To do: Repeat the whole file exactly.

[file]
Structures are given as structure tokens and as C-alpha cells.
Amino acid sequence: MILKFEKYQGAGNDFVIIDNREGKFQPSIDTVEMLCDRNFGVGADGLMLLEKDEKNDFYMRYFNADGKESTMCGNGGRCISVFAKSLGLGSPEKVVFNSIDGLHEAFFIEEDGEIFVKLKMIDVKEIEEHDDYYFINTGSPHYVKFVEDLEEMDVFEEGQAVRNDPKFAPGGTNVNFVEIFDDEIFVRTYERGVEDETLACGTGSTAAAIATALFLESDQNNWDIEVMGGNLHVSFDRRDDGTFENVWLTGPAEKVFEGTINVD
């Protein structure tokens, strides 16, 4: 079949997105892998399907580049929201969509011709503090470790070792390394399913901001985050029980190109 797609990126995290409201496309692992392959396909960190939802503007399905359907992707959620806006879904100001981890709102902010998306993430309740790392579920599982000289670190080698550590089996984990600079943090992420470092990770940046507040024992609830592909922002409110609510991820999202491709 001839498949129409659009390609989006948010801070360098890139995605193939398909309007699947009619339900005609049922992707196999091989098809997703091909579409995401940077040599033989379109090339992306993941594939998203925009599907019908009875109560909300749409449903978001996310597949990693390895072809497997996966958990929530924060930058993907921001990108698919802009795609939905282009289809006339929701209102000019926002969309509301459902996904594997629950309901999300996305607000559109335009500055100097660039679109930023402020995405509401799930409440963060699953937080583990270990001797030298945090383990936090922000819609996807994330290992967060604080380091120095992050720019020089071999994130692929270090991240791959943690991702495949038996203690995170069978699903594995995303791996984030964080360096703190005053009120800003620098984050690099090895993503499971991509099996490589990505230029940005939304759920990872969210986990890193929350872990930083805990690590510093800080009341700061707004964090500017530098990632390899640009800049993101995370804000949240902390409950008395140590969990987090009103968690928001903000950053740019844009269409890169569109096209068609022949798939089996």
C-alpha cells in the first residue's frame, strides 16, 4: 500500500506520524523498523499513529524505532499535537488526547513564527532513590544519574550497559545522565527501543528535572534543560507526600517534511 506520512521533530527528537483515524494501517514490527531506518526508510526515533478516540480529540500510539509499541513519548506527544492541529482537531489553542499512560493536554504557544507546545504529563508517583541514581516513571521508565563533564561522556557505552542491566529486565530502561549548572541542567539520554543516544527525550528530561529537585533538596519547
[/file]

Structures are given as structure tokens and as C-alpha cells.
Amino acid sequence: MILKFEKYQGAGNDFVIIDNREGKFQPSIDTVEMLCDRNFGVGADGLMLLEKDEKNDFYMRYFNADGKESTMCGNGGRCISVFAKSLGLGSPEKVVFNSIDGLHEAFFIEEDGEIFVKLKMIDVKEIEEHDDYYFINTGSPHYVKFVEDLEEMDVFEEGQAVRNDPKFAPGGTNVNFVEIFDDEIFVRTYERGVEDETLACGTGSTAAAIATALFLESDQNNWDIEVMGGNLHVSFDRRDDGTFENVWLTGPAEKVFEGTINVD
């Protein structure tokens, strides 16, 4: 079949997105892998399907580049929201969509011709503090470790070792390394399913901001985050029980190109 797609990126995290409201496309692992392959396909960190939802503007399905359907992707959620806006879904100001981890709102902010998306993430309740790392579920599982000289670190080698550590089996984990600079943090992420470092990770940046507040024992609830592909922002409110609510991820999202491709 001839498949129409659009390609989006948010801070360098890139995605193939398909309007699947009619339900005609049922992707196999091989098809997703091909579409995401940077040599033989379109090339992306993941594939998203925009599907019908009875109560909300749409449903978001996310597949990693390895072809497997996966958990929530924060930058993907921001990108698919802009795609939905282009289809006339929701209102000019926002969309509301459902996904594997629950309901999300996305607000559109335009500055100097660039679109930023402020995405509401799930409440963060699953937080583990270990001797030298945090383990936090922000819609996807994330290992967060604080380091120095992050720019020089071999994130692929270090991240791959943690991702495949038996203690995170069978699903594995995303791996984030964080360096703190005053009120800003620098984050690099090895993503499971991509099996490589990505230029940005939304759920990872969210986990890193929350872990930083805990690590510093800080009341700061707004964090500017530098990632390899640009800049993101995370804000949240902390409950008395140590969990987090009103968690928001903000950053740019844009269409890169569109096209068609022949798939089996």
C-alpha cells in the first residue's frame, strides 16, 4: 500500500506520524523498523499513529524505532499535537488526547513564527532513590544519574550497559545522565527501543528535572534543560507526600517534511 506520512521533530527528537483515524494501517514490527531506518526508510526515533478516540480529540500510539509499541513519548506527544492541529482537531489553542499512560493536554504557544507546545504529563508517583541514581516513571521508565563533564561522556557505552542491566529486565530502561549548572541542567539520554543516544527525550528530561529537585533538596519547